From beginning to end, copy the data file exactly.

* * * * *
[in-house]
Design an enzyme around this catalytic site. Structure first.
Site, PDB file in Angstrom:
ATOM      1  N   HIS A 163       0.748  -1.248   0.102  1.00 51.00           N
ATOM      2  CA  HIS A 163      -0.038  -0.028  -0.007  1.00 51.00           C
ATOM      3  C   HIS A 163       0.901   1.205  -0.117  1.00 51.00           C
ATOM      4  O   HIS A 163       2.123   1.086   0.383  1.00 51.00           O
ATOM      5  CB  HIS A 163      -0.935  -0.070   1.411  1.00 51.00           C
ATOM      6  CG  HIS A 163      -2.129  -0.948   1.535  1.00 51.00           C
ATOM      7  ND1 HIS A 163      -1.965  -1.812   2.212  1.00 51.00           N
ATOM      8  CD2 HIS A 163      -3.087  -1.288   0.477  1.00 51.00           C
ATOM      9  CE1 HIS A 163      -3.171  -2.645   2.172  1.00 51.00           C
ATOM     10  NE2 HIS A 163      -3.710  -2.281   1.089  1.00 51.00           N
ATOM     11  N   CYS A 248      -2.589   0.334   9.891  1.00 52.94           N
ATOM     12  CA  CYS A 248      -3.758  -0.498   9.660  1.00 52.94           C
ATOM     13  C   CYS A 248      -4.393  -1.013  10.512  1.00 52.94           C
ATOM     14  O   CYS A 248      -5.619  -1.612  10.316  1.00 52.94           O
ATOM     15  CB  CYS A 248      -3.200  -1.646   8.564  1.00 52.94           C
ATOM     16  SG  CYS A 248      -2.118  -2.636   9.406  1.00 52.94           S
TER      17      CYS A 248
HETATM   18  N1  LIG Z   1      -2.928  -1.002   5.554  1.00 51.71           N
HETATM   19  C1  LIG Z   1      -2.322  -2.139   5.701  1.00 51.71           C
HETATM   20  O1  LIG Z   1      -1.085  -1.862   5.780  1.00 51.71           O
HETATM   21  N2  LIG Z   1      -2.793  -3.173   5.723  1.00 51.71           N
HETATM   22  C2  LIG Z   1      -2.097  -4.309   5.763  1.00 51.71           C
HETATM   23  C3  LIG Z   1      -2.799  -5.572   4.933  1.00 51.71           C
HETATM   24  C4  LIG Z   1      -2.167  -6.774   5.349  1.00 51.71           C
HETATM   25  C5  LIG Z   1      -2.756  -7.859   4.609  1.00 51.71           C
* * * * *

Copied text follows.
[in-house]
Design an enzyme around this catalytic site. Structure first.
Site, PDB file in Angstrom:
ATOM      1  N   HIS A 163       0.748  -1.248   0.102  1.00 51.00           N
ATOM      2  CA  HIS A 163      -0.038  -0.028  -0.007  1.00 51.00           C
ATOM      3  C   HIS A 163       0.901   1.205  -0.117  1.00 51.00           C
ATOM      4  O   HIS A 163       2.123   1.086   0.383  1.00 51.00           O
ATOM      5  CB  HIS A 163      -0.935  -0.070   1.411  1.00 51.00           C
ATOM      6  CG  HIS A 163      -2.129  -0.948   1.535  1.00 51.00           C
ATOM      7  ND1 HIS A 163      -1.965  -1.812   2.212  1.00 51.00           N
ATOM      8  CD2 HIS A 163      -3.087  -1.288   0.477  1.00 51.00           C
ATOM      9  CE1 HIS A 163      -3.171  -2.645   2.172  1.00 51.00           C
ATOM     10  NE2 HIS A 163      -3.710  -2.281   1.089  1.00 51.00           N
ATOM     11  N   CYS A 248      -2.589   0.334   9.891  1.00 52.94           N
ATOM     12  CA  CYS A 248      -3.758  -0.498   9.660  1.00 52.94           C
ATOM     13  C   CYS A 248      -4.393  -1.013  10.512  1.00 52.94           C
ATOM     14  O   CYS A 248      -5.619  -1.612  10.316  1.00 52.94           O
ATOM     15  CB  CYS A 248      -3.200  -1.646   8.564  1.00 52.94           C
ATOM     16  SG  CYS A 248      -2.118  -2.636   9.406  1.00 52.94           S
TER      17      CYS A 248
HETATM   18  N1  LIG Z   1      -2.928  -1.002   5.554  1.00 51.71           N
HETATM   19  C1  LIG Z   1      -2.322  -2.139   5.701  1.00 51.71           C
HETATM   20  O1  LIG Z   1      -1.085  -1.862   5.780  1.00 51.71           O
HETATM   21  N2  LIG Z   1      -2.793  -3.173   5.723  1.00 51.71           N
HETATM   22  C2  LIG Z   1      -2.097  -4.309   5.763  1.00 51.71           C
HETATM   23  C3  LIG Z   1      -2.799  -5.572   4.933  1.00 51.71           C
HETATM   24  C4  LIG Z   1      -2.167  -6.774   5.349  1.00 51.71           C
HETATM   25  C5  LIG Z   1      -2.756  -7.859   4.609  1.00 51.71           C